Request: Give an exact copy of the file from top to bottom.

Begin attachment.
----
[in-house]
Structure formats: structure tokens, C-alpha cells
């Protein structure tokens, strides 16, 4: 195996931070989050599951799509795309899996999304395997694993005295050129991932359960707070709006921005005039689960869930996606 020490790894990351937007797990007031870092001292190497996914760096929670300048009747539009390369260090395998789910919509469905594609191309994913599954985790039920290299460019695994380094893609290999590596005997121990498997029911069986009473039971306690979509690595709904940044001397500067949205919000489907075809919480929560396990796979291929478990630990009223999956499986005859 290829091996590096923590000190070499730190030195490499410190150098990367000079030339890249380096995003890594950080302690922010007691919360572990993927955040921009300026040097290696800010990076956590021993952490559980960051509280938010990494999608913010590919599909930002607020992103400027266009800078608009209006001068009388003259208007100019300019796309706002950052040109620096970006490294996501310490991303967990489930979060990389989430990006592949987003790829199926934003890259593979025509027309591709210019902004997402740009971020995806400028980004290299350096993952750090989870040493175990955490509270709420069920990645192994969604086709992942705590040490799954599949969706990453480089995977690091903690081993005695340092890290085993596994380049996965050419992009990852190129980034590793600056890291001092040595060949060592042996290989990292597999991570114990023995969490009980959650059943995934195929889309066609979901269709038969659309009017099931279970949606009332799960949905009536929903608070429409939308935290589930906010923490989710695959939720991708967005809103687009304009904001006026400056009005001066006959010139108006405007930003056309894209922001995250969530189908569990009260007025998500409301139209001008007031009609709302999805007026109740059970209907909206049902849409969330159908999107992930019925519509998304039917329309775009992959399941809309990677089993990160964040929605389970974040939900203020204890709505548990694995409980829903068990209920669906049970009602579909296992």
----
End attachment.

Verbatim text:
[in-house]
Structure formats: structure tokens, C-alpha cells
């Protein structure tokens, strides 16, 4: 195996931070989050599951799509795309899996999304395997694993005295050129991932359960707070709006921005005039689960869930996606 020490790894990351937007797990007031870092001292190497996914760096929670300048009747539009390369260090395998789910919509469905594609191309994913599954985790039920290299460019695994380094893609290999590596005997121990498997029911069986009473039971306690979509690595709904940044001397500067949205919000489907075809919480929560396990796979291929478990630990009223999956499986005859 290829091996590096923590000190070499730190030195490499410190150098990367000079030339890249380096995003890594950080302690922010007691919360572990993927955040921009300026040097290696800010990076956590021993952490559980960051509280938010990494999608913010590919599909930002607020992103400027266009800078608009209006001068009388003259208007100019300019796309706002950052040109620096970006490294996501310490991303967990489930979060990389989430990006592949987003790829199926934003890259593979025509027309591709210019902004997402740009971020995806400028980004290299350096993952750090989870040493175990955490509270709420069920990645192994969604086709992942705590040490799954599949969706990453480089995977690091903690081993005695340092890290085993596994380049996965050419992009990852190129980034590793600056890291001092040595060949060592042996290989990292597999991570114990023995969490009980959650059943995934195929889309066609979901269709038969659309009017099931279970949606009332799960949905009536929903608070429409939308935290589930906010923490989710695959939720991708967005809103687009304009904001006026400056009005001066006959010139108006405007930003056309894209922001995250969530189908569990009260007025998500409301139209001008007031009609709302999805007026109740059970209907909206049902849409969330159908999107992930019925519509998304039917329309775009992959399941809309990677089993990160964040929605389970974040939900203020204890709505548990694995409980829903068990209920669906049970009602579909296992």